igns that the Irish economy is possibly getting back on its feet may be instilling some business confidence but, with construction traditionally the last sector to recover from recession, the timber industry knows it will be a while before it feels any benefit on the domestic market.

GDP grew by 0.9% last year and is forecast to expand again by 1% this year and 2% in 2014. In addition Ireland has re-entered the bond market; is expected to exit its bailout programme later this year and unemployment has fallen from 14.7% to 14% in March.

However, it’s not all good news. The government is about to introduce another round of civil service pay cuts and housing starts are still a shadow of the 93,000 units in 2007. Last year completions were around 8,500, 19% down on 2011, according to the Construction Industry Federation, and they’re expected to fall again this year.

The cold, wet winter has not helped timber sales and the first quarter was sluggish. However, as the weather has improved in the past few weeks the market has lifted, especially for those mills selling to the UK. Now they hope that the better weather will continue and kickstart projects that were put on hold.

"During the last three weeks the market has finally kicked off for the year," said one sawmiller. "Reports we’re getting from the market are that March was the worst March in history but now April is the best in history."

Second-quarter prices There has been some success in UK and Irish mills’ moves to raise prices during the second quarter, but for the latter it merely mitigates the exchange rate, and higher log prices, which have strengthened after softening over the winter.

"Prices among UK domestic producers have started to rise because log prices are rising. From the Irish guys’ perspective they’re pushing up their prices but not getting any benefit because it’s gone on currency," TTJ was told.

Another mill hoped that over the busier summer months producers could claw back the 10% lost on the C16 price over the past two years but he feared this may be stymied by nervousness among some mills that they will lose market share.

But with Swedish producers raising prices, widening the gap with home-grown to about £30-40, one contact was confident that British and Irish products were secure in the market. "The good news for home-grown is that the market continues to increase at the expense of imports," he said. "Once end users get a taste for home-grown they see it works. It’s fit for purpose, it’s up to 20% cheaper and they see the changes in quality, kiln-drying planing compared with 5-10 years ago."

While the mills supplying the UK are enjoying some market uplift, for those focused on Ireland it’s a different story. When asked for his view of the market, one contact replied: "D for disastrous or H for horrible."

The winter had severely impacted on fencing demand, particularly in the agricultural sector where farmers have had to keep stock undercover longer and so their funds have been spent on feed.

"The agricultural sector in particular is going to be a disaster this year," he said. He didn’t hold out much hope for the residential market either. Household spending would be affected by the property tax coming into effect on July 1 and the anticipation of water charges being introduced next year. "It’s going to take a good 6-9 months for people to get used to less money in their pockets so that may be the garden shed gone," he said.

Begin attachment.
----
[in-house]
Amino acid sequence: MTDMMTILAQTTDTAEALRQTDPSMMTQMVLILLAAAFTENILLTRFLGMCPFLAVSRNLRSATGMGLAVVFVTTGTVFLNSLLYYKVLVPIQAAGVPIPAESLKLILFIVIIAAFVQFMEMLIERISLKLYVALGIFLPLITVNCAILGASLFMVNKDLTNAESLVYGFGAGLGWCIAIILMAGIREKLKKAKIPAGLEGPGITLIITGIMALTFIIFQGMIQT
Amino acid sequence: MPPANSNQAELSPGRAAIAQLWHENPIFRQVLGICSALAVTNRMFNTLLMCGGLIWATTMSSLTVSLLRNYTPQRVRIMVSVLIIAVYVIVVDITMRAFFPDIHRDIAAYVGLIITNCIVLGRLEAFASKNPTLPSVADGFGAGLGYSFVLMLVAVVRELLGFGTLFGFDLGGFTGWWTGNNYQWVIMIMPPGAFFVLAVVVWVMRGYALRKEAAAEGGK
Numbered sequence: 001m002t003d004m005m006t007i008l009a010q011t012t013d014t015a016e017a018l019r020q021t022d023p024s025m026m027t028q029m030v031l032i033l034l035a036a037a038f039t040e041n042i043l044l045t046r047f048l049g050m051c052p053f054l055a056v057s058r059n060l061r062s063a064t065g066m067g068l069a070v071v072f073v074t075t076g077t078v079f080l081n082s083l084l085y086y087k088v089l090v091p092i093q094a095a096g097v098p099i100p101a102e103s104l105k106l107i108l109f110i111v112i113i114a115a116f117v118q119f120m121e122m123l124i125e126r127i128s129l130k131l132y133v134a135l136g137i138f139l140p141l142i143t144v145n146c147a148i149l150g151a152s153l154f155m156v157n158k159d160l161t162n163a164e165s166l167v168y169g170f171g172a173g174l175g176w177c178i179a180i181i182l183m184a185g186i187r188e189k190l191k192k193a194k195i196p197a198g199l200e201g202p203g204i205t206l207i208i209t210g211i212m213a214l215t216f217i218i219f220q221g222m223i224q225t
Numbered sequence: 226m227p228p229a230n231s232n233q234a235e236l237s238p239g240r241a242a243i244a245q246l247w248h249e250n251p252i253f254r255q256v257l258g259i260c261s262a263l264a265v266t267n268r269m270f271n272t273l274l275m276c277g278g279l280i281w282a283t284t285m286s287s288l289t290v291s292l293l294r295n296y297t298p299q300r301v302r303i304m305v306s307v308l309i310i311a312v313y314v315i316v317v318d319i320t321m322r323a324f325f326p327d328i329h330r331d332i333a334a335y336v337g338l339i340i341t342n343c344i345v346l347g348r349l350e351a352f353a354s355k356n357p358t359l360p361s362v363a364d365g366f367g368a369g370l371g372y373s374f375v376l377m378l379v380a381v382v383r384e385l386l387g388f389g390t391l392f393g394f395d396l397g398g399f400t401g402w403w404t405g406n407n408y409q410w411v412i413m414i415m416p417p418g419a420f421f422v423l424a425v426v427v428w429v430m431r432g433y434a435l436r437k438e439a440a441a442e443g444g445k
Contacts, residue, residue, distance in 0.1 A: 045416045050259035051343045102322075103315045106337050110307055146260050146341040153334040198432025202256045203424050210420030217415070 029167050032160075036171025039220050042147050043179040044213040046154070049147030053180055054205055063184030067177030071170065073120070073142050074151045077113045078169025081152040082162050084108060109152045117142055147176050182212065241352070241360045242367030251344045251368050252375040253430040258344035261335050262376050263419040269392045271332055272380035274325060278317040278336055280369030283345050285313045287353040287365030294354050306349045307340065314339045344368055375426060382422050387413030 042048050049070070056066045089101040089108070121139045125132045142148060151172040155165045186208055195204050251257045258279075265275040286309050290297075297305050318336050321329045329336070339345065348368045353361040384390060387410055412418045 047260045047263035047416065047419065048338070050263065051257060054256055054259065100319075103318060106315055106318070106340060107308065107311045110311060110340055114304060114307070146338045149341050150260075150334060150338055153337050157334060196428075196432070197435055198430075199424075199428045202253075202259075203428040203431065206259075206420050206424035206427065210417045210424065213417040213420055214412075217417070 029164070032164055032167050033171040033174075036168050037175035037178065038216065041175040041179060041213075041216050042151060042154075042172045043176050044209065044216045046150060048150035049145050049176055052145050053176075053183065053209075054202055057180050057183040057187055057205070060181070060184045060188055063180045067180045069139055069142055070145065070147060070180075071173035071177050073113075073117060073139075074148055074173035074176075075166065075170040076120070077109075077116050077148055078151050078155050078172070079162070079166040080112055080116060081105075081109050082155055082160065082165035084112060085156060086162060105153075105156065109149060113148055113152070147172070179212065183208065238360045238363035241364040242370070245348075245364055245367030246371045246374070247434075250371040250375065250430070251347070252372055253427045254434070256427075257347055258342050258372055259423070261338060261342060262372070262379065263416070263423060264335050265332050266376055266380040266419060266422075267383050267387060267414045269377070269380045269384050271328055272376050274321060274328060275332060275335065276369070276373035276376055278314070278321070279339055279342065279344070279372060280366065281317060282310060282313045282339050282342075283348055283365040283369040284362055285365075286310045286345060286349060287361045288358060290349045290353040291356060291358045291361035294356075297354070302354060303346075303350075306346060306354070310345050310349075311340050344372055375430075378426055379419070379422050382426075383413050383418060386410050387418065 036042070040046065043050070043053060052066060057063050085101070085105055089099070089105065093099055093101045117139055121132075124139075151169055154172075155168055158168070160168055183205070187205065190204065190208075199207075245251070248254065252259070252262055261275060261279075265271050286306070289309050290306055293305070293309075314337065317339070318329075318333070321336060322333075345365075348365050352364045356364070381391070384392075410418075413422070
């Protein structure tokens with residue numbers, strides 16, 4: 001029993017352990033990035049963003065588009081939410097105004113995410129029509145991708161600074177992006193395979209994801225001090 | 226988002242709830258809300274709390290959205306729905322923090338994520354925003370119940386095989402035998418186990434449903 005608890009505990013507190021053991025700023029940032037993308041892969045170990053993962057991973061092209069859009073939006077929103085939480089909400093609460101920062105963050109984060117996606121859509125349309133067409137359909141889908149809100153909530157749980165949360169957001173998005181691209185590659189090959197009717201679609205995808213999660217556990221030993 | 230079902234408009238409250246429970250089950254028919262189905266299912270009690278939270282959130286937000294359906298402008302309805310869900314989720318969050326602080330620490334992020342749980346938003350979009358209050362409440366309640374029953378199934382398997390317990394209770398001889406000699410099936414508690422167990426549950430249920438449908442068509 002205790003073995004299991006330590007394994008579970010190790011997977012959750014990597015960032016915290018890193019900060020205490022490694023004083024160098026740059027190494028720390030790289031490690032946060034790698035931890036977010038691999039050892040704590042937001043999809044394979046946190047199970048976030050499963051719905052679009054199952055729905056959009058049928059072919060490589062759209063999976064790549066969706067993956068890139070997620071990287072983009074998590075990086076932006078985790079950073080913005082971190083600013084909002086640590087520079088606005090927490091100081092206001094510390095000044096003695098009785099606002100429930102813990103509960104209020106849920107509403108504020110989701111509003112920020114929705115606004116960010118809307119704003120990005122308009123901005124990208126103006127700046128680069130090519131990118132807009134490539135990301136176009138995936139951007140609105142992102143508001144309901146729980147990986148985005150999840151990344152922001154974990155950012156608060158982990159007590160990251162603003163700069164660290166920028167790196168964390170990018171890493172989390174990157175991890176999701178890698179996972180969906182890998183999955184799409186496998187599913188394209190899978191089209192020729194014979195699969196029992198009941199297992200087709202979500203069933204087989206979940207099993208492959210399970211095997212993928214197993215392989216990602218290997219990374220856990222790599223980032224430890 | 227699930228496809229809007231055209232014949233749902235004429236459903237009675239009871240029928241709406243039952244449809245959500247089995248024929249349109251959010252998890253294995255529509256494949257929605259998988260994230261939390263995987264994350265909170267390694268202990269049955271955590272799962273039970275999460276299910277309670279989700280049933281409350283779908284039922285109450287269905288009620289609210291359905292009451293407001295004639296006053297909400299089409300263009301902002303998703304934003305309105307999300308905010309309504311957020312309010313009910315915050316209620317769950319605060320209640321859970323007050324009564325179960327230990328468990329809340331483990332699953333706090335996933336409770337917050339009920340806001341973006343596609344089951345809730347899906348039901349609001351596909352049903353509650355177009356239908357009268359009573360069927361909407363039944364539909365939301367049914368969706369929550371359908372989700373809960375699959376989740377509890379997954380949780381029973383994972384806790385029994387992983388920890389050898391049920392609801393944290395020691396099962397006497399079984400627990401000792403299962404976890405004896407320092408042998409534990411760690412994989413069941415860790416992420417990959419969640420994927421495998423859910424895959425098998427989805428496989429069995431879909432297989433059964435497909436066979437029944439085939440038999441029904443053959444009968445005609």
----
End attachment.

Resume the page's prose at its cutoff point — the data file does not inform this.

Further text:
Although the economy might be showing signs of recovery he believed it would take some time for that to filter through.

"I can now drive to any part of the country in two hours because there are so few lorries on the road; you couldn’t do that four years ago," he said. "Things are bad but people are getting on with it."

But whatever the state of the market, one thing preoccupying Irish mills is the proposed sale of Coillte’s harvesting rights to help pay some of Ireland’s debts. "It is by far the biggest issue facing the Irish sawmilling industry," said one sawmiller. Coillte supplies 80% of Irish mills’ raw material and there are fears that in private hands, the supply balance could be altered severely.

"Coillte is virtually a monopoly supplier and if we went to a private monopoly supplier they could be fundamentally much worse. If they decided to restrict the amount they bring to market by just 5% that could have a catastrophic effect on the sector," he said. He also questioned the economic argument for the sale.

"Coillte is valued at €600-700m and the agreement with the troika is we have to give them half the proceeds – €350m. Combined, Coillte’s debt and pension deficit is €300m so this will do nothing to sort out Ireland’s problems," he said.

The industry is lobbying the government to stop the sale or, at least, ensure some supply guarantees are in place.

While concerned about the proposed sale, one contact looked for the positives in it. "Whoever comes in isn’t going to fall out with the sawmills and may replace this antiquated [log] auction system. The industry is mounting pressure not to sell but has anyone looked at the benefits of selling?" he said.